Celebrity Silhouette Cruise Review by ahannas: 15 Night Transatlantic
Overall Member Rating
15 Night Transatlantic
Embarkation: Fort Lauderdale (Port Everglades)
Boarding On arrival at the cruise port, our van driver took our bags out and stayed by while riders decided which bags to entrust to the porters. We were directed to the rear of a line that wound about like a ride at Disney World only it moved much faster. In-processing was quick and painless. Once aboard we were directed to the Cafeteria on deck 14, where food was plentiful but seating was not. Understandable, considering we were toward the end of the boarding window and just before the cabins were available.
Our cabin was on deck 6. These veranda cabins have “partially obstructed” views in that the floor is about even with the top of the lifeboats. The davits stuck up a couple feet more but the view was only minimally “obstructed”. There is an atrium a bit aft of center that extends from deck 3 to deck 14 and is bordered by elevators on either side. A small band was stationed at the base of the atrium and their music easily filled the open area More to the top deck. If noise bothers you, avoid the staterooms near these elevators.
Passengers. The average age was probably late sixties; there were lots of wheel chairs and scooters. Celebrity seems to appeal to an older clientele; even more so for a transatlantic. There is a wealth of travel knowledge among this set we got many useful tips about traveling in Europe.
The main dining room is located aft on decks 3 & 4. Breakfast & lunch are open seating. Supper offers the traditional two seatings as well as a “select” seating option. Passengers choosing “select dining” are charged $12/day gratuity when the cruise is booked. They may reserve a seating time by dialing 3000 anytime after 9:00am on the previous day. Unscheduled diners may arrive any time but should expect to wait 15-20 minutes during busy times (6:30 – 8:00pm). Celebrity has a dress code that they claim to enforce but I saw shorts and T-shirts on a couple occasions.
The Oceanview Café on deck 14 is open 18 hr/day and offers an extensive buffet. Selection is diverse and the food is well prepared. There is lots of seating and we rarely had a problem.
Premium dining is available in four restaurants. Prices range from $35 to $45 per person. This is a sharp increase from the $20 to $25 on my last Celebrity cruise in Dec 2011. Additionally there are 2 lunch / grill areas where $5 will get you a crepe, salad or panini. A curious addition is the restaurant called “Blu” which is exclusively for passengers in “Aqua Class” cabins. Is this industry about to come full circle to a system of First & Second class passengers; can steerage be far behind?
There’s an interesting development regarding the soft drink package. On my last few cruises, I’ve purchased a package deal which typically cost about $5/day. For that you got an insulated plastic glass w/closable top which you could fill at any bar. Typically, the barkeep would do the McDonald’s routine, (i.e.) pack the glass with ice and add 4oz of Diet Coke. I found myself returning 2 or 3 times just to wash down a poolside burger & fries. That could add up so the package deal made sense. Not on this trip. The package is now $8/day and the bars have switched to 12 oz cans. At $2.50 each, I’d need to drink four cans/day to make the package deal worthwhile. I will pay by the can next time.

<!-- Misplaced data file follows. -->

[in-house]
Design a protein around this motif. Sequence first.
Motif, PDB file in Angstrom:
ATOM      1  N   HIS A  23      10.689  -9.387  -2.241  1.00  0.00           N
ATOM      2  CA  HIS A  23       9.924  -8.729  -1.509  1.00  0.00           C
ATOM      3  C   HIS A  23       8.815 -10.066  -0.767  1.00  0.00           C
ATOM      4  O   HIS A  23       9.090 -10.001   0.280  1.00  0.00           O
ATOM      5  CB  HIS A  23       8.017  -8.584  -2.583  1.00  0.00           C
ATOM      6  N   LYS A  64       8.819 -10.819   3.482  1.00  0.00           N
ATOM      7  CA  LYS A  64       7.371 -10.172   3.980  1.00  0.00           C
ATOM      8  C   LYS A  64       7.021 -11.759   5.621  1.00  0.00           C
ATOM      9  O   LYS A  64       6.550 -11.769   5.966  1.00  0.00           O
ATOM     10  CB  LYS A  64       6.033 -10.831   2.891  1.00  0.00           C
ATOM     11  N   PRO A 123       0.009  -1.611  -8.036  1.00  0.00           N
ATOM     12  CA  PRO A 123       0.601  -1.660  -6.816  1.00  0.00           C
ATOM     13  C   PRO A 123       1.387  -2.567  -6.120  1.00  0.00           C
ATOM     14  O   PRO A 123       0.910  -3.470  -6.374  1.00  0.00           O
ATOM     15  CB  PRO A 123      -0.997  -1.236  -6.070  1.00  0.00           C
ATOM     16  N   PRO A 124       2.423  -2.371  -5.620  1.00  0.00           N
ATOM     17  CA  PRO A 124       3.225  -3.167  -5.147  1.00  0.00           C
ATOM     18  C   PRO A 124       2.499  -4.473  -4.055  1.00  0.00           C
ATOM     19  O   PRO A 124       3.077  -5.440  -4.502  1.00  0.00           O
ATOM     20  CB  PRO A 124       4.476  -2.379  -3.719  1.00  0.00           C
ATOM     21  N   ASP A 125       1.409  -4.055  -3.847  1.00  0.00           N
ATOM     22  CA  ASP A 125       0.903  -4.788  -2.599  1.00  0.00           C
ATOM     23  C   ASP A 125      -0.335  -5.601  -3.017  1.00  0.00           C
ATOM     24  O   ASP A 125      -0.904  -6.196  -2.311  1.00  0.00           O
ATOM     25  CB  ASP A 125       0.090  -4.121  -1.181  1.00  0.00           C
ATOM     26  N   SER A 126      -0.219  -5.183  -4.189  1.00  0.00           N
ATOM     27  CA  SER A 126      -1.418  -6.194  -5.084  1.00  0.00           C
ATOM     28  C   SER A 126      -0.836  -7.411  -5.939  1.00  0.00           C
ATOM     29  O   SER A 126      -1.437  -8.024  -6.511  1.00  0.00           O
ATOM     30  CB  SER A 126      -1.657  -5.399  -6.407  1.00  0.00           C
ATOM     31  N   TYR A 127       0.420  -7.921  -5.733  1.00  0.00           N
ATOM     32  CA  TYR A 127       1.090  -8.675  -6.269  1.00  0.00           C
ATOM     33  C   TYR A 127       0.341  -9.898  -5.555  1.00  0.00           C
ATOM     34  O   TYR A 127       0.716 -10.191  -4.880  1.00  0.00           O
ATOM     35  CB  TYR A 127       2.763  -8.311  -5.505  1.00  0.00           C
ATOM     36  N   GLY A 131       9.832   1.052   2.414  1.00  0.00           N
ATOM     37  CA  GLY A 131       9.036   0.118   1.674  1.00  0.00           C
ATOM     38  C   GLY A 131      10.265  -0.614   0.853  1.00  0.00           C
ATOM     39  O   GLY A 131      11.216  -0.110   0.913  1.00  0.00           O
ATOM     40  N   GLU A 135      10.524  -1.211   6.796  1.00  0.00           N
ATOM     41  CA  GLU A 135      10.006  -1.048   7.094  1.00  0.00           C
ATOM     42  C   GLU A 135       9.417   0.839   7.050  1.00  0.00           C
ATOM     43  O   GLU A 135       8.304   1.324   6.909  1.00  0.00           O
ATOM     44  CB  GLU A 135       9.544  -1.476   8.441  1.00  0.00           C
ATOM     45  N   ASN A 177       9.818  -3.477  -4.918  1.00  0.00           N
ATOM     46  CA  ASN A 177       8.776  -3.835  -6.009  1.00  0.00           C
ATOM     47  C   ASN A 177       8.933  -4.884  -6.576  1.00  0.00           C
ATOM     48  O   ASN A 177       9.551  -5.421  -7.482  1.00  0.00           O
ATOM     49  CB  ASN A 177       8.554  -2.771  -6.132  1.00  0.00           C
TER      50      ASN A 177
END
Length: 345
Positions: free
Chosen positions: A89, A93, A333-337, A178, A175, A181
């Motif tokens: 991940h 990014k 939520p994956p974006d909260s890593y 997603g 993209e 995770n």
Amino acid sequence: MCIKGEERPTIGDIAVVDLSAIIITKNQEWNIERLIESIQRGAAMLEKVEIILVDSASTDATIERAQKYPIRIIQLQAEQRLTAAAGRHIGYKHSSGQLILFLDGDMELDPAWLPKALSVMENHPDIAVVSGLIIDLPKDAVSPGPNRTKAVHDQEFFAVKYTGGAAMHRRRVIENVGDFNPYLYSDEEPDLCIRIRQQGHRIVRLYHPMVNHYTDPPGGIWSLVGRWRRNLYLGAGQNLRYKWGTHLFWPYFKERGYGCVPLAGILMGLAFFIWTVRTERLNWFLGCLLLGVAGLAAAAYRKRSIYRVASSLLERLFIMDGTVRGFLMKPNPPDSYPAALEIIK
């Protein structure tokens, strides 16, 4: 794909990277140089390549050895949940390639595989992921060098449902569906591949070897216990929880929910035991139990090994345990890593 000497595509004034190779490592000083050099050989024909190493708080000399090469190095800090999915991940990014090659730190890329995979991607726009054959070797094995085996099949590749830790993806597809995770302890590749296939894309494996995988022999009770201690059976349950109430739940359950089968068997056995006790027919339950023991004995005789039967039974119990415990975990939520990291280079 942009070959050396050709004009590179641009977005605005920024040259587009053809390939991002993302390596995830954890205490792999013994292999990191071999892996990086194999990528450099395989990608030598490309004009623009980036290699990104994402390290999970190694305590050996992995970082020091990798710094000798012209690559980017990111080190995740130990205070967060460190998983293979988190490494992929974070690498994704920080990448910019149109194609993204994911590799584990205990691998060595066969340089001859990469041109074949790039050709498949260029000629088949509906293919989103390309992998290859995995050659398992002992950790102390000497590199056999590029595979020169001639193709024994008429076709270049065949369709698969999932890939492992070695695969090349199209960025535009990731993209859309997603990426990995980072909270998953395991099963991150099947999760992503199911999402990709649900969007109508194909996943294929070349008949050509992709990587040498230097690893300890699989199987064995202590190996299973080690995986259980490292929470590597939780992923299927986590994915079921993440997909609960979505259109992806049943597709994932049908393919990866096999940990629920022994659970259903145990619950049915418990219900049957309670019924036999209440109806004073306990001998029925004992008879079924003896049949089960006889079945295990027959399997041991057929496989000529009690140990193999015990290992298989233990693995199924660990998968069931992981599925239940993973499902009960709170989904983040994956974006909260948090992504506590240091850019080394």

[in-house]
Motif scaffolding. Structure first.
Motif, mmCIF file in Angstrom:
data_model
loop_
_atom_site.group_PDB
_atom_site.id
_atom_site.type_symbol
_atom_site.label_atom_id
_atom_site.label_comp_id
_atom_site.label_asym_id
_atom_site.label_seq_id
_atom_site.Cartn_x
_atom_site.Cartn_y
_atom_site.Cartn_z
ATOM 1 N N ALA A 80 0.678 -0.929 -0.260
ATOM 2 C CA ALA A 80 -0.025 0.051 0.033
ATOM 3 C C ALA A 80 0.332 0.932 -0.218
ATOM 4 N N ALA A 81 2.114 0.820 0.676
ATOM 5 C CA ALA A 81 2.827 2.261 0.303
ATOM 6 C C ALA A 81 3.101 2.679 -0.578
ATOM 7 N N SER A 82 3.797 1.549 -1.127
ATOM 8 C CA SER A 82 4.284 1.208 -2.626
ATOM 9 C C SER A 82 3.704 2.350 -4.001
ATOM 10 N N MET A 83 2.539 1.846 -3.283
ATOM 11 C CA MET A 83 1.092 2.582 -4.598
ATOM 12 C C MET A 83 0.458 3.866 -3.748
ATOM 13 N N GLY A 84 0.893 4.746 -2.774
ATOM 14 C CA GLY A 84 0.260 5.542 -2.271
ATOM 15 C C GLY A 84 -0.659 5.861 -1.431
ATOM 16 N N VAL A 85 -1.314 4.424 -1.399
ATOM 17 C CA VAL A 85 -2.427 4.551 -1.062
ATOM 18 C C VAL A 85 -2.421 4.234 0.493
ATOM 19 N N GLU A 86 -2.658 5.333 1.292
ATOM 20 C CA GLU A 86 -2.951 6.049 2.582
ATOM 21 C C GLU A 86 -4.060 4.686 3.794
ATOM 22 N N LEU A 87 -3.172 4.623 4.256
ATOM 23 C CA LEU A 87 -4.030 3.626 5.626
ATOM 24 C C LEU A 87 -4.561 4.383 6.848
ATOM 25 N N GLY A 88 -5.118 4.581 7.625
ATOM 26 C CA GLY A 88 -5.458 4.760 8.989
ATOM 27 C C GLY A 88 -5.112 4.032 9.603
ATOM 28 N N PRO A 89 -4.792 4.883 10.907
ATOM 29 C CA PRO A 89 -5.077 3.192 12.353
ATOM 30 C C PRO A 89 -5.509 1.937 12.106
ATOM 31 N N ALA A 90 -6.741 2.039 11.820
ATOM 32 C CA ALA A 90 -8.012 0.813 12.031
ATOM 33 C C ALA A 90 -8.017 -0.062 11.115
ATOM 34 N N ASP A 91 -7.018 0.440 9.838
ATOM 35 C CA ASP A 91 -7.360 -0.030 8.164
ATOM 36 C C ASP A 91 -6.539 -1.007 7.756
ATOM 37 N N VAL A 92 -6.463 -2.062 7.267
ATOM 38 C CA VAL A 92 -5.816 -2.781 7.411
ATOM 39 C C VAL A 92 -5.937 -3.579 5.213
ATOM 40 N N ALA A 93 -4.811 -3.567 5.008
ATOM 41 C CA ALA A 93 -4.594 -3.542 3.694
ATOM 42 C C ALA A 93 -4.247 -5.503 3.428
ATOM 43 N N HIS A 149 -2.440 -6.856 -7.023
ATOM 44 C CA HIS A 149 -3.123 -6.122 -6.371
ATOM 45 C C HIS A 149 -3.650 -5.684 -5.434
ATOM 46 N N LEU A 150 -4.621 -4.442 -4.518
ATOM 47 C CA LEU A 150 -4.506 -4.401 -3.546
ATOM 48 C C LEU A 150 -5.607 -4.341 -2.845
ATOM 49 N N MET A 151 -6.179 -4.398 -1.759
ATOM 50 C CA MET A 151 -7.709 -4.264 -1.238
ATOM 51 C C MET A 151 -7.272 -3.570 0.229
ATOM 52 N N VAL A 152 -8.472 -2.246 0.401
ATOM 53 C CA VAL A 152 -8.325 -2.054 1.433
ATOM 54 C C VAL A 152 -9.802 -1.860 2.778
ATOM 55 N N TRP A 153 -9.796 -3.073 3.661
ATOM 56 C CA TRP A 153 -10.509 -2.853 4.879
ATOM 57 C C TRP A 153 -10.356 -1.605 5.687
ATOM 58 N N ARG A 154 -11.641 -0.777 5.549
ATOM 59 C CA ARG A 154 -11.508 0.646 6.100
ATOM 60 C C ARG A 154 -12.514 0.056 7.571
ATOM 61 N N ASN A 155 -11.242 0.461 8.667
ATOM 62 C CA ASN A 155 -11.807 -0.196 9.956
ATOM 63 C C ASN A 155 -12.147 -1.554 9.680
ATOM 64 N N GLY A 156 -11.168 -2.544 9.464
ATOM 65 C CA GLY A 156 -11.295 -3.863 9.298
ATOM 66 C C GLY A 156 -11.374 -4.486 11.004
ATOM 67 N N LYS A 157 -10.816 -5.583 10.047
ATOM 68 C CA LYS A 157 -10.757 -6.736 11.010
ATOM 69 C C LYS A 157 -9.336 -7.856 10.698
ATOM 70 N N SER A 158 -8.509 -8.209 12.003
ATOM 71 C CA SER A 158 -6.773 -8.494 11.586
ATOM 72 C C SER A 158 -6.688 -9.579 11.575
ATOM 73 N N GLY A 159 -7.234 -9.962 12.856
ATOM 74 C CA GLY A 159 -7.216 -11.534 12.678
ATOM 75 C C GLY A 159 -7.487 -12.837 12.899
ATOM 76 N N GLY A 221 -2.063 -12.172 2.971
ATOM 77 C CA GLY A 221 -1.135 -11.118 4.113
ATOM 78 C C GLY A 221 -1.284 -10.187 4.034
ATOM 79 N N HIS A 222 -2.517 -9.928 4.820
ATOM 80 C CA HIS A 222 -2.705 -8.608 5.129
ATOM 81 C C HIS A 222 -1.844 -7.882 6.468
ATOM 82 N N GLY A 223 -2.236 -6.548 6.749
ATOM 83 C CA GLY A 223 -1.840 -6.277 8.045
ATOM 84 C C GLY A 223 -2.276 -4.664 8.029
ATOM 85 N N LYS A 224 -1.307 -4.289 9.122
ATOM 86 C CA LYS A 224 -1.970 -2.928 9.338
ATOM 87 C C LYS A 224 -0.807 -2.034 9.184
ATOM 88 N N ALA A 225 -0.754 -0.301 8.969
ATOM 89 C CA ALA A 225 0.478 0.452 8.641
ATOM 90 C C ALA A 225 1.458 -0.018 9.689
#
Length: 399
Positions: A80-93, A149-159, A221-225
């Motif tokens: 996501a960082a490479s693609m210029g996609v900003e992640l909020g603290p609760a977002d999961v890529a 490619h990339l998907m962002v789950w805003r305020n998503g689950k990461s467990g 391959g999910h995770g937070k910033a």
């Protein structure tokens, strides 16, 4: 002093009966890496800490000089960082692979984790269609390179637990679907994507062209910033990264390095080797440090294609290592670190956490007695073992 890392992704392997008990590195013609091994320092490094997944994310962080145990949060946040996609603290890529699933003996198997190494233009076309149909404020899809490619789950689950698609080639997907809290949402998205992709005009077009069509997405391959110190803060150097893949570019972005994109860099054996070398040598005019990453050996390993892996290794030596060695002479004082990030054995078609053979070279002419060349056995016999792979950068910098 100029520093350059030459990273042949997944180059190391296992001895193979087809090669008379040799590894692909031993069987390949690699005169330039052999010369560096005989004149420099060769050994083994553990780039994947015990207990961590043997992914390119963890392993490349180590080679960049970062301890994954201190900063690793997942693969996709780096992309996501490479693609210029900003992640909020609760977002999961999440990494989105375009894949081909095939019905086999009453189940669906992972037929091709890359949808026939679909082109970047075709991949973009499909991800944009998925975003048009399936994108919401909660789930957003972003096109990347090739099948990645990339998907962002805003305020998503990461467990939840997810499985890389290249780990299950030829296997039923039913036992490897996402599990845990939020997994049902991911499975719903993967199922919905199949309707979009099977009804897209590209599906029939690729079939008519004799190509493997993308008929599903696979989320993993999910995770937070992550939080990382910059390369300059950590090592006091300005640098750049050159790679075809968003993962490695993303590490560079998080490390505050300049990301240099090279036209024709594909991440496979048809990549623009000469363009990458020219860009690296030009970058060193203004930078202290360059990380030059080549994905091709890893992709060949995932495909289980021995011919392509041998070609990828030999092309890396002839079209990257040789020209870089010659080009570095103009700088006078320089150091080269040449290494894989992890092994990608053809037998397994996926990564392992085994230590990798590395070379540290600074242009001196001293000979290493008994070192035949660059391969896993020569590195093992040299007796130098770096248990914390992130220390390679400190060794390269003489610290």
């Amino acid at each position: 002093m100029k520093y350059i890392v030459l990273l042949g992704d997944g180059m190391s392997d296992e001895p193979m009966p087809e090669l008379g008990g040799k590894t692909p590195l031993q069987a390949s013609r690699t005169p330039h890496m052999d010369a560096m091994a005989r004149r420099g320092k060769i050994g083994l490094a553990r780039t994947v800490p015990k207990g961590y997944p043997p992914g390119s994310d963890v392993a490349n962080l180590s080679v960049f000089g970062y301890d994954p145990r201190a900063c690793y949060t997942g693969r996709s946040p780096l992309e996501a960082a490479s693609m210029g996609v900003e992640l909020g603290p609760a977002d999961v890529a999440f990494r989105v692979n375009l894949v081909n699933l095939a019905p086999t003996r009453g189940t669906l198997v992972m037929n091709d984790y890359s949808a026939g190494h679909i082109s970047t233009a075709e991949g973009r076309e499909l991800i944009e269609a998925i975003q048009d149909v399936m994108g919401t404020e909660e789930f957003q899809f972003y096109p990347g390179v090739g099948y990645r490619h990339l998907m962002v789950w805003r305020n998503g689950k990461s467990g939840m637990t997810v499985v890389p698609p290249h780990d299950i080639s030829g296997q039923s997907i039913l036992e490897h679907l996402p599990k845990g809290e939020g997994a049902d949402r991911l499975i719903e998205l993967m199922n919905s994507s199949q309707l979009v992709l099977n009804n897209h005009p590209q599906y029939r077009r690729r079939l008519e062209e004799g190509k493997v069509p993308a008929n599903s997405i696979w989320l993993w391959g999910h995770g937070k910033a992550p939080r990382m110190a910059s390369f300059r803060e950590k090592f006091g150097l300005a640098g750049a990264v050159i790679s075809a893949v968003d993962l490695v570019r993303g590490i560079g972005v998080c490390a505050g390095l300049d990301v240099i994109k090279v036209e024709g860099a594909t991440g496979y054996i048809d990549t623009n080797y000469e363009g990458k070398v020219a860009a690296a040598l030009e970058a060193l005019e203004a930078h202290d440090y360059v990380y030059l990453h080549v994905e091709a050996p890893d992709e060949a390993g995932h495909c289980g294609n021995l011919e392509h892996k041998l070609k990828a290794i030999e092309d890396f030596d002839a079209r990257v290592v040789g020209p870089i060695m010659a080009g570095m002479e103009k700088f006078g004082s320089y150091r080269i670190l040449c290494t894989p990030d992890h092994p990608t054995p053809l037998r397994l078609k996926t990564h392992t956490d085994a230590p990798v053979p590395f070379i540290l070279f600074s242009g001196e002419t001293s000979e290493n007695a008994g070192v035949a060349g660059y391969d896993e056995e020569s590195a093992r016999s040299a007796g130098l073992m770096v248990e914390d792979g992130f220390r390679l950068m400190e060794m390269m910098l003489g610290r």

Our cabin was modern and well equipped. It measured about 8’ wide and 22’ long with the bathroom taking the first 10’ as you walk in. Including the veranda, the cabin is about 225ft2. The HVAC was efficient and worked well.
Storage could be better. There are only 3 small drawers for clothing and they’re only 12”deep; they could have been 3”deeper and still fit the cabinet. Each is about 15” wide and 11” high. I’d have preferred four drawers, 8’ tall.
The wall-mounted 32” LCD TV could be pulled out and turned to accommodate any viewing position in the room. A small wireless keyboard allows one to use the TV as a monitor if you buy internet time. Some kind of programming was available on 24 channels although the majority were ship info channels. 24 hour news is provided by (from l to r - literally) MSNBC, CNN, BBC, Sky and Fox. The TV could also be used to check your account and see pictures taken by the ship's photographers. No more hunting through rows of pictures.
The bed was a comfortable, pillow-top, splitable king with four pillows. Oddly, we had to ask for an ice bucket and ice. Once delivered, it was filled twice each day.
Our cabin steward and assistant were very friendly and efficient.
The evening entertainment was as good as it gets for a cruise ship. Over the years, I’ve seen some pretty mediocre talent and just chalked it up to be cruise ship level. Celebrity (IMHO) seems to find talent that is a cut above. We went to almost every show and were never disappointed.
Leaving the ship was uneventful. It took only a few minutes. Less
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Cabin review: 6286
This was a cabin with the potential for four bunks. One lowered from the ceiling and the other pulled out from under the sofa. That lower one probably cost us drawer space, as many cruise ships put drawers under the sofa or love seat.
Don't travel Fred Olsen.
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